Khubladha Buruj, Nane Darwaja, Hatti Talav (Elephant Lake), Gangasagar are the famous attractions of the fort.
Tomb of Jijabai, Shivaji's mother. can be seen at base village Pachad
The fort has a famous wall called "Hirakani Buruj" (Hirkani Bastion) constructed over a huge cliff. Its story is that a woman by the name of Hirakani from a nearby village at the foothills of Raigad had come to sell milk to the people living in the fort. She was inside the fort when the gates were locked by sunset. The love for her infant son back at her village gave her the courage to climb down the cliff in the dark. She repeated the feat in front of King Shivaji, and was rewarded for it. In appreciation of her courage, Shivaji arranged for a wall built at this location. Even today[when?] we can see it standing.

The king's public court (Durbar) has a replica of the original throne that faces the main doorway called the Nagarkhana Darwaja. This enclosure had been acoustically designed to aid hearing from the doorway to the throne. A secondary entrance, called the Mena Darwaja, was supposedly the private entrance of the royal ladies of the fort; it leads to the queen's quarters. The erstwhile main entrance to the fort is the imposing Maha Darwaja. The convoy of the king and the king himself used the Palkhi Darwaja. To the right of Palkhi Darwaja, is a row of three dark and deep chambers. Historians believe that these were the granaries for the fort.

A statue of Shivaji is erected in front of the ruins of the main market avenue that eventually leads to the Jagdishwar Mandir and his own Samadhi (tomb) and that of his loyal dog Waghya. The statue was removed by alleged members of the Sambhaji Brigade[5] in July 2012 as a protest but was re-instated by Shri Shivaji Raigad Smarak Samiti, the Archaeological Survey of India, sculptor Rambhau Parkhi and the District Administration

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Korigad | कोरीगड

Korigad (also called Koraigad, Koarigad or Kumwarigad) is a hill fort located about 20 km (12 mi) south of Lonavla in Pune district, Maharashtra, India. Its date of construction is not known but likely predates 1500. It is about 923 m above sea level.[1] The planned township of Aamby Valley is built over the fort's southern and eastern foothills. The closest village is Peth Shahpur, about 1 km (0.62 mi) north of the fort.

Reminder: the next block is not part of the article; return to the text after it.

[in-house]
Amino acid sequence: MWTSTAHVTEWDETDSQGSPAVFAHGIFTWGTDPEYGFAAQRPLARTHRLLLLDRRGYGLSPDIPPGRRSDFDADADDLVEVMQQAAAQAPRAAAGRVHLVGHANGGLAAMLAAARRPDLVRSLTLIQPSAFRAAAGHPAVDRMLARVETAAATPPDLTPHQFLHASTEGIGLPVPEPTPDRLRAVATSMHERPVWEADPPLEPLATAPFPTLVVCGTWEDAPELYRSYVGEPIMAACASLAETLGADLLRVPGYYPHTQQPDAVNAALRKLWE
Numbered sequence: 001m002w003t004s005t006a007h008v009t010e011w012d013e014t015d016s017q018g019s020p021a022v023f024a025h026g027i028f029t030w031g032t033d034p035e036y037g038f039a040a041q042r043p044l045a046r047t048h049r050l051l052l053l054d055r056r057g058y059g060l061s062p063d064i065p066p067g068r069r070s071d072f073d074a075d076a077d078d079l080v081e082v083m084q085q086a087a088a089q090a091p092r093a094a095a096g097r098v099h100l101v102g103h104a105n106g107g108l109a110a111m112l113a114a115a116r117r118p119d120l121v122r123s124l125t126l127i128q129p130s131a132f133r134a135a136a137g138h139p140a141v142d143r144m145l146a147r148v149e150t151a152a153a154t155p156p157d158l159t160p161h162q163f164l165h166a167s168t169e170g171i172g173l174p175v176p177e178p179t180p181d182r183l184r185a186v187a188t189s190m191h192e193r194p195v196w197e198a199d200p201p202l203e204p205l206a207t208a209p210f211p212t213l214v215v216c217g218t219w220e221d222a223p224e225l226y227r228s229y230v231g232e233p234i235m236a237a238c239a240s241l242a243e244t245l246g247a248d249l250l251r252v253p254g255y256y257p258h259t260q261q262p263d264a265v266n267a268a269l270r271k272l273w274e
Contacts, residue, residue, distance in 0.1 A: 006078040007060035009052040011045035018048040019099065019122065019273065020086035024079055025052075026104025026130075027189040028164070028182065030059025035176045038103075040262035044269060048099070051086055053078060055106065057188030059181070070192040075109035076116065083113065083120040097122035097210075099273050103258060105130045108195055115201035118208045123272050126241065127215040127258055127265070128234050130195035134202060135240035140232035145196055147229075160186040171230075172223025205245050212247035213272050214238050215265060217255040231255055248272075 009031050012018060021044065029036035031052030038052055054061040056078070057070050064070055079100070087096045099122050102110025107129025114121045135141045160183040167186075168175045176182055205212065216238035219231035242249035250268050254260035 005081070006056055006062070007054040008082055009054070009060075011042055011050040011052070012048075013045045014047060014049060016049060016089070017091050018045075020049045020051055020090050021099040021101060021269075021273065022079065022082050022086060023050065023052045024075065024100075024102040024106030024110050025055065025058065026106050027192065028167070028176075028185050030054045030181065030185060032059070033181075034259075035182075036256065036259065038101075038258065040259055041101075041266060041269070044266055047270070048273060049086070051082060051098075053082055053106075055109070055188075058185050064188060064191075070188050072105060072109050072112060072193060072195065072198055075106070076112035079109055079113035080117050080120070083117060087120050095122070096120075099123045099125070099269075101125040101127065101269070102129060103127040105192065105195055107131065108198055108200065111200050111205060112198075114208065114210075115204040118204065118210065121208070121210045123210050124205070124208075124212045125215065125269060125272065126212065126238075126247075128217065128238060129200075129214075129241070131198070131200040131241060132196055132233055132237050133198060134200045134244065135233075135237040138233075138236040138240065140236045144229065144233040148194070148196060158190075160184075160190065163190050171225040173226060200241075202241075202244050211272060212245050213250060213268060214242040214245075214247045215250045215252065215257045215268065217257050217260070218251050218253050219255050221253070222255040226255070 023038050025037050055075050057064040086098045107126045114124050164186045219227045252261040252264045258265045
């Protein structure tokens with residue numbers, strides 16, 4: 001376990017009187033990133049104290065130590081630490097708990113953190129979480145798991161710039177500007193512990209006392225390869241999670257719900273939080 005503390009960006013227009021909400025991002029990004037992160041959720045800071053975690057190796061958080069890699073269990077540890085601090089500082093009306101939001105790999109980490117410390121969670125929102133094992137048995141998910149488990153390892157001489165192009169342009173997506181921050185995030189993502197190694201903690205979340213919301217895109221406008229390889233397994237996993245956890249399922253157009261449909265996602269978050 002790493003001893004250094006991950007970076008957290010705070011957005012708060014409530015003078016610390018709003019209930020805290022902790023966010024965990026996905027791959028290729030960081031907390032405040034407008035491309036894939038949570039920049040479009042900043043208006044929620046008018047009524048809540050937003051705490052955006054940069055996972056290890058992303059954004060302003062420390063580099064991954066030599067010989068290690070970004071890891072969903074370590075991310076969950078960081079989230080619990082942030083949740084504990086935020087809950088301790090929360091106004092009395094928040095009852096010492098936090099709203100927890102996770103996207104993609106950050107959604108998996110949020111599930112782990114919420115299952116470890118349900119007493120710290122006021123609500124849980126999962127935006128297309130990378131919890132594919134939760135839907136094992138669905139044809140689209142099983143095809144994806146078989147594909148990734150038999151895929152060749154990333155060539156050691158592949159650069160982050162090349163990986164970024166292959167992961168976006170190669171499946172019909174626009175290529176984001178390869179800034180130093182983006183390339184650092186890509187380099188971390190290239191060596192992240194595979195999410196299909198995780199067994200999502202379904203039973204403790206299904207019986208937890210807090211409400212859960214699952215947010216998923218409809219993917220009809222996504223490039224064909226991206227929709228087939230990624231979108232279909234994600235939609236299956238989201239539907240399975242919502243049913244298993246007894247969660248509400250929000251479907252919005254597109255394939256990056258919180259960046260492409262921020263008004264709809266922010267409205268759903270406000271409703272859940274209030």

This fort was forcibly taken over into his kingdom by Chhatrapati Shivaji along with the forts of Lohagad, Visapur, Tung and Tikona in 1657. On March 11, 1818, Colonel Prother tried to take over this fort but even after a prolonged siege could not make any headway. Finally on 14 March, by igniting the stored ammunition by means of a loose cannonball he succeeded and this fort went to the British.


The fort is located about 923 m (3,028 ft) above sea level, rising over 200 m (660 ft) higher than the neighboring valleys. To the east, there lie two artificial lakes part of the Aamby Valley project which later drain into the Mulshi reservoir.[3] There are two lakes on the top of the fort.


A temple to its patron goddess Koraidevi[4] also exists along with several smaller temples to dedicated to Vishnu and Shiva. The former has been recently renovated and has a 3 foot high Deepmala(tower of lamps).[2] The interesting part of the fort is that its wall is completely intact and one can walk along its entire perimeter(about 2 km).[2] Its massive gate is also intact. Several ruins of older structures within the fort still exist. It has six cannons - the largest of which called the Laxmi Toph is located near the Korai devi temple.

How to reach

To reach Korigad you should have your own vehicle as there are very few transportation options available from Lonavla. Take the Aamby Vally road from Lonavla, keep driving till Peth Shahpur village. Parking is provided near the bus stop on the road. A 5 feet wide earthen road leads to the foot steps of the Korigad fort. it is an easy climb upto the fort.You can also hire cabs from Lonavala. The Aamby Vally buses from Lonavala bus station are also available.This fort can be visited in any time of the year. Even a night trek during summer gives nice experience. There are lot of camping sites on the fort. There are three temples on the fort which provide ample cover. The Korai Devi temple can accommodate 25 persons.